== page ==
Today, Ning’s new COO, Jason Rosenthal, sent an email to his staff which was then shared with external news sources and now has many educators and non-profits (including me) feeling a little upside down. The memo stressed that the company would be eliminating its free services, which many in the business of learning have embraced with love and admiration in recent years.
I’ve shared many presentations about the effectiveness of enhancing a cold, flat online LMS learning experience with the dynamic, interconnectedness of Ning’s community-oriented networks. I have trained dozens of faculty on how to create a free Ning, customize it and facilitate the community effectively to foster participatory learning through blogging, forums and groups. Now…it seems that the dream may be over. We will need to wait and see, while Ning works through the details and (fingers crossed) contemplates how important they are to education, as teachers continue to strive to change the glacier of pedagogical tradition to better meet the needs of our 21st century students.
Ning, we need you on our side.
I’ve thought a lot about this issue today before I sat down to write this post. Aside from truly loving the Ning product and thinking about all the amazing feedback and comments I have received (and still receive) from past students, I’ve found a really important lesson in this. Web 2.0 feels more validated than ever in education as I watch others cringe at the thought of letting go their free Nings. Secondly, I’m sure many are thinking about Ning’s decision as a logical, business move. And, on the one hand, you’re right. But I’m left feeling a bit duped. As web 2.0 permeates and revolutionizes our society, our culture has moved towards one of sharing and openness. Open educational resources abound. Creative Commons continues to remodel our traditional notions of copyright and encourage more sharing of content in support of enhancing creative expression in the world. Podcasts and YouTube provide resources for free that we could never have dreamed about just a few years ago.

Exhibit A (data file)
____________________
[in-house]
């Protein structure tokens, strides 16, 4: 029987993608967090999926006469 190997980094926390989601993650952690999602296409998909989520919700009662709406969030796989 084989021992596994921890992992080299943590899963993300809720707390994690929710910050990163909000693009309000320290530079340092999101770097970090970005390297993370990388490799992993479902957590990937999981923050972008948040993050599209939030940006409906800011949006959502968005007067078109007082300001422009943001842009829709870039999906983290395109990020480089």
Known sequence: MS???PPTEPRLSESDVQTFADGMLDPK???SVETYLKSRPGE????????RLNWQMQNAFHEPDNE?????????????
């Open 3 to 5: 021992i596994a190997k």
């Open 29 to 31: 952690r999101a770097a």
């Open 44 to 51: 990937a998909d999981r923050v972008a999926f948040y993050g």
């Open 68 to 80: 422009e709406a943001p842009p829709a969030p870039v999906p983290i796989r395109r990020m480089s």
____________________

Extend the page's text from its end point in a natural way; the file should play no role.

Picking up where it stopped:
To me, I have always viewed Ning as a symbol of this cultural shift into sharing and openness. Education needs this shift to continue to pick up momentum to allow us to change and innovate and inspire others to join in. A part of me feels optimistic that Ning will continue to provide free networks to educators (K-12 and higher education) and non-profits. Then I have these moments of fleeting reality checks…I suppose it’s the face of capitalism I am seeing.
This is truly a learning moment for us all. We need to reflect on all that we’ve learned from Ning, all that it has given us as educators, all the amazingly participatory and community-oriented learning experiences students have received, and all that we’ve learned through the Nings we’ve joined. Ning, for me, has been a haven of sharing and support.
Finally, I’m left worried about how this business decision, if it is in fact implemented, will create more of a rift between public and private educational learning experiences. I am thinking now about the amazing mobile learning initiatives in play at Abilene Christian University and Seton Hall — where students receive free iPods and interact on the university’s mobile learning app. Community college students, at least in California, won’t be engaged in such activities as our colleges continue to shut the doors to tens of thousands of more students next year, in response to budget cuts. Web 2.0 is an opportunity to engage a community in a new wave of socialization and learning. I must remain hopeful that Ning will support sharing and openness for educators.
What are your thoughts? Speak them now and be sure Ning hears them (email@example.com).